Para 6 of ResFraCoRS states that all norms applicable to “implementation of a RP” under the Prudential Framework of June, 2019 would apply to ResFraCoRS. Accordingly, prudential norms would not be applicable in case of ResFraCoRS as this is already specifically taken care of in ResFraCoRS itself.

Furthermore, other requirements such as review of the borrowers account within 30 days of default would not apply as the ResFraCoRS already prescribed specific eligibility norms in its framework.

Financial Parameters

29. What financial parameters are to be considered while formulating the RP?

The notification has defined a set of 5 key ratios that must be mandatorily considered while finalising the resolution plan in respect of eligible borrowers. While the mandatory ratios must be followed, lenders have the liberty to consider other financial parameters as well, while finalizing the resolution assumptions in respect of eligible borrowers.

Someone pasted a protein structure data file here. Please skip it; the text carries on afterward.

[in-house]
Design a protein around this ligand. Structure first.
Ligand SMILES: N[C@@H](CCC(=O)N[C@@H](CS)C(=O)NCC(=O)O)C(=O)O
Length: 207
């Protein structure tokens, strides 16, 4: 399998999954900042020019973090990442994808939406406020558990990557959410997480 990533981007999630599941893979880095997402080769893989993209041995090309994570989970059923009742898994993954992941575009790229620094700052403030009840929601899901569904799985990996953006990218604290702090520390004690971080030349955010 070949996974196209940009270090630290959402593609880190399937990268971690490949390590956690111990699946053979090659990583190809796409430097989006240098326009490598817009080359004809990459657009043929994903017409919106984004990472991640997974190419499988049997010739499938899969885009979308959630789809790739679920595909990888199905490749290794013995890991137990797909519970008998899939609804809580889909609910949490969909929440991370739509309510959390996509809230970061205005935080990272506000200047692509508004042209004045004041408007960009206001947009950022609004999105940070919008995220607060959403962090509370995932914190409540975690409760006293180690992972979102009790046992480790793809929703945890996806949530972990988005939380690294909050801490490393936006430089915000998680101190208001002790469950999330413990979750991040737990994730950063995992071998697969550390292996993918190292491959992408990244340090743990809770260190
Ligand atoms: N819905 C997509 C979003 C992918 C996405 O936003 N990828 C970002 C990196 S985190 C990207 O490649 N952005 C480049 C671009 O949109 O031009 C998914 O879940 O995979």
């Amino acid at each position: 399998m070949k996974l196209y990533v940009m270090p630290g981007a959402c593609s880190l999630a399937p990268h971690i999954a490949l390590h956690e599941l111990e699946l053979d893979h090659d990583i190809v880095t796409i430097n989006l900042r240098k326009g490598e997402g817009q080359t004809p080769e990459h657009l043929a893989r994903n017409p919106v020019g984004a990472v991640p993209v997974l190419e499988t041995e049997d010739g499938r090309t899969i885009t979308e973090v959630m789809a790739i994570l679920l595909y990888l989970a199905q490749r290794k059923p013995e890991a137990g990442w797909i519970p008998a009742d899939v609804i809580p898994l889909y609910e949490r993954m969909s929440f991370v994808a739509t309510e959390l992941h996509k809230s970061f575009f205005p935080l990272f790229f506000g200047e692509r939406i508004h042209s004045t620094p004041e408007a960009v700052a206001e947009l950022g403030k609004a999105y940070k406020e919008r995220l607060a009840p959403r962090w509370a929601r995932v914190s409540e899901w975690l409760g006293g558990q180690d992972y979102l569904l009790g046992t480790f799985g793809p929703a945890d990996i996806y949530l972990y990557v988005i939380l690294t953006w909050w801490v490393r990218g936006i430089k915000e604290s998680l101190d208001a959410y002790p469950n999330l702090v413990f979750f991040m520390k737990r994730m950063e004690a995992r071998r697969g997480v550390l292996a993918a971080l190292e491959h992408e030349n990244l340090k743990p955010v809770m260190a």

The Key ratios and definitions along with additional remarks on the same are presented below –

 

Sr. No. Key Ratio Definition
1 Total Outside Liabilities / Adjusted Tangible Net Worth (TOL/ATNW)

 

(Ceiling)

Addition of long-term debt, short term debt, current liabilities and provisions along with deferred tax liability divided by tangible net worth net of the investments and loans in the group and outside entities.
Remarks – In respect of those sectors where the sector-specific thresholds have not been specified, lending institutions shall make their own internal assessments regarding TOL/ATNW.

 

Compliance to TOL/ATNW agreed as per the resolution plan is expected to be ensured by the lending institutions at the time of implementation itself.